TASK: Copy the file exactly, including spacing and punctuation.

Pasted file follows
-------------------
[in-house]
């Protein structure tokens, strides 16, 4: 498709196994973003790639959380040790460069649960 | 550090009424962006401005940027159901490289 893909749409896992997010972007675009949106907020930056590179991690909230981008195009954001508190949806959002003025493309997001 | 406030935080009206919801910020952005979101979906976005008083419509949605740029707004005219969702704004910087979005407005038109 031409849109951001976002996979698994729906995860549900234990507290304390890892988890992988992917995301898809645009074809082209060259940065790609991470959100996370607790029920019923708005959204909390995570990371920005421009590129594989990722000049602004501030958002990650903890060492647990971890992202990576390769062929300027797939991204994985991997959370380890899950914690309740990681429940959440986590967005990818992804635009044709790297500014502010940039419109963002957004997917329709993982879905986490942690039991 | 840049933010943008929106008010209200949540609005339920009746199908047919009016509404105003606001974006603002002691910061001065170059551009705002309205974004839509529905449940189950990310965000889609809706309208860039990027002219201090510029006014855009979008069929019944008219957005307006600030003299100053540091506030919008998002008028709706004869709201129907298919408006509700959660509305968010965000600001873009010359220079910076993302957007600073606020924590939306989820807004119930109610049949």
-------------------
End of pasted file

[in-house]
């Protein structure tokens, strides 16, 4: 498709196994973003790639959380040790460069649960 | 550090009424962006401005940027159901490289 893909749409896992997010972007675009949106907020930056590179991690909230981008195009954001508190949806959002003025493309997001 | 406030935080009206919801910020952005979101979906976005008083419509949605740029707004005219969702704004910087979005407005038109 031409849109951001976002996979698994729906995860549900234990507290304390890892988890992988992917995301898809645009074809082209060259940065790609991470959100996370607790029920019923708005959204909390995570990371920005421009590129594989990722000049602004501030958002990650903890060492647990971890992202990576390769062929300027797939991204994985991997959370380890899950914690309740990681429940959440986590967005990818992804635009044709790297500014502010940039419109963002957004997917329709993982879905986490942690039991 | 840049933010943008929106008010209200949540609005339920009746199908047919009016509404105003606001974006603002002691910061001065170059551009705002309205974004839509529905449940189950990310965000889609809706309208860039990027002219201090510029006014855009979008069929019944008219957005307006600030003299100053540091506030919008998002008028709706004869709201129907298919408006509700959660509305968010965000600001873009010359220079910076993302957007600073606020924590939306989820807004119930109610049949």